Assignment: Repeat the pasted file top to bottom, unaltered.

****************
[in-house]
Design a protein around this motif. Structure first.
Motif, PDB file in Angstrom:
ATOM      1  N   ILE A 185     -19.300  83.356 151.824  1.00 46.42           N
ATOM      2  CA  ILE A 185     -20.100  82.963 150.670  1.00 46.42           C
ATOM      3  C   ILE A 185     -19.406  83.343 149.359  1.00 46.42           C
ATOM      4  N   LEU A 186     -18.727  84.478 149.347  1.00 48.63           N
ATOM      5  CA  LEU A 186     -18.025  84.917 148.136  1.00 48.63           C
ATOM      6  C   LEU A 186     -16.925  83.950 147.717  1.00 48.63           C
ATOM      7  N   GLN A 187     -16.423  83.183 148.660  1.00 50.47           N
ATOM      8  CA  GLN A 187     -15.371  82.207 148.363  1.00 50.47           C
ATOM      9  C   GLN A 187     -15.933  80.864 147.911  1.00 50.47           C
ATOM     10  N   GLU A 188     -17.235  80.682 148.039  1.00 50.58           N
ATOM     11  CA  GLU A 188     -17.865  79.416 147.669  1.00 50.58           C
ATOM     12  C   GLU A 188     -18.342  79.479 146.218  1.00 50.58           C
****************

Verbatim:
[in-house]
Design a protein around this motif. Structure first.
Motif, PDB file in Angstrom:
ATOM      1  N   ILE A 185     -19.300  83.356 151.824  1.00 46.42           N
ATOM      2  CA  ILE A 185     -20.100  82.963 150.670  1.00 46.42           C
ATOM      3  C   ILE A 185     -19.406  83.343 149.359  1.00 46.42           C
ATOM      4  N   LEU A 186     -18.727  84.478 149.347  1.00 48.63           N
ATOM      5  CA  LEU A 186     -18.025  84.917 148.136  1.00 48.63           C
ATOM      6  C   LEU A 186     -16.925  83.950 147.717  1.00 48.63           C
ATOM      7  N   GLN A 187     -16.423  83.183 148.660  1.00 50.47           N
ATOM      8  CA  GLN A 187     -15.371  82.207 148.363  1.00 50.47           C
ATOM      9  C   GLN A 187     -15.933  80.864 147.911  1.00 50.47           C
ATOM     10  N   GLU A 188     -17.235  80.682 148.039  1.00 50.58           N
ATOM     11  CA  GLU A 188     -17.865  79.416 147.669  1.00 50.58           C
ATOM     12  C   GLU A 188     -18.342  79.479 146.218  1.00 50.58           C